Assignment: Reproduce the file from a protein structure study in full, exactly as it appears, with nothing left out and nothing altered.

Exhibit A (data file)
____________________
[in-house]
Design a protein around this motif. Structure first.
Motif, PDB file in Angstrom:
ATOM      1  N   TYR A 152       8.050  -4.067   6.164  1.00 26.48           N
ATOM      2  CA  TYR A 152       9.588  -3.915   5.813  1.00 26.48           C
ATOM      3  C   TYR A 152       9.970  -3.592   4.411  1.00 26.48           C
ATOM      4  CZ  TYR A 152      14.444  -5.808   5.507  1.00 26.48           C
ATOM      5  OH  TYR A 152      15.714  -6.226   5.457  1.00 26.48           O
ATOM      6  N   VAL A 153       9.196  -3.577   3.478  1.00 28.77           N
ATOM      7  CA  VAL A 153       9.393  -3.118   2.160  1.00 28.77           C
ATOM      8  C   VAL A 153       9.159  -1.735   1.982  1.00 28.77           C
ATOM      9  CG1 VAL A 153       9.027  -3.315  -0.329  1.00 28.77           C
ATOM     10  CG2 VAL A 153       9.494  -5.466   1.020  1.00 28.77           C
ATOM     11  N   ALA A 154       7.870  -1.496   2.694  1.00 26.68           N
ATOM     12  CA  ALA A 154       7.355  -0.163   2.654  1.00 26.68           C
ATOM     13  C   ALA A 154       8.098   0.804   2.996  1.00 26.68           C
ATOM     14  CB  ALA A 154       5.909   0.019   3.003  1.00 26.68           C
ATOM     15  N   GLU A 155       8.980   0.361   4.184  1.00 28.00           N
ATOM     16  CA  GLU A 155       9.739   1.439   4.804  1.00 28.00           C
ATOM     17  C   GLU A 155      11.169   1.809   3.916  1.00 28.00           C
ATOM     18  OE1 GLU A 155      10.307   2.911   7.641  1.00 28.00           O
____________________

[in-house]
Design a protein around this motif. Structure first.
Motif, PDB file in Angstrom:
ATOM      1  N   TYR A 152       8.050  -4.067   6.164  1.00 26.48           N
ATOM      2  CA  TYR A 152       9.588  -3.915   5.813  1.00 26.48           C
ATOM      3  C   TYR A 152       9.970  -3.592   4.411  1.00 26.48           C
ATOM      4  CZ  TYR A 152      14.444  -5.808   5.507  1.00 26.48           C
ATOM      5  OH  TYR A 152      15.714  -6.226   5.457  1.00 26.48           O
ATOM      6  N   VAL A 153       9.196  -3.577   3.478  1.00 28.77           N
ATOM      7  CA  VAL A 153       9.393  -3.118   2.160  1.00 28.77           C
ATOM      8  C   VAL A 153       9.159  -1.735   1.982  1.00 28.77           C
ATOM      9  CG1 VAL A 153       9.027  -3.315  -0.329  1.00 28.77           C
ATOM     10  CG2 VAL A 153       9.494  -5.466   1.020  1.00 28.77           C
ATOM     11  N   ALA A 154       7.870  -1.496   2.694  1.00 26.68           N
ATOM     12  CA  ALA A 154       7.355  -0.163   2.654  1.00 26.68           C
ATOM     13  C   ALA A 154       8.098   0.804   2.996  1.00 26.68           C
ATOM     14  CB  ALA A 154       5.909   0.019   3.003  1.00 26.68           C
ATOM     15  N   GLU A 155       8.980   0.361   4.184  1.00 28.00           N
ATOM     16  CA  GLU A 155       9.739   1.439   4.804  1.00 28.00           C
ATOM     17  C   GLU A 155      11.169   1.809   3.916  1.00 28.00           C
ATOM     18  OE1 GLU A 155      10.307   2.911   7.641  1.00 28.00           O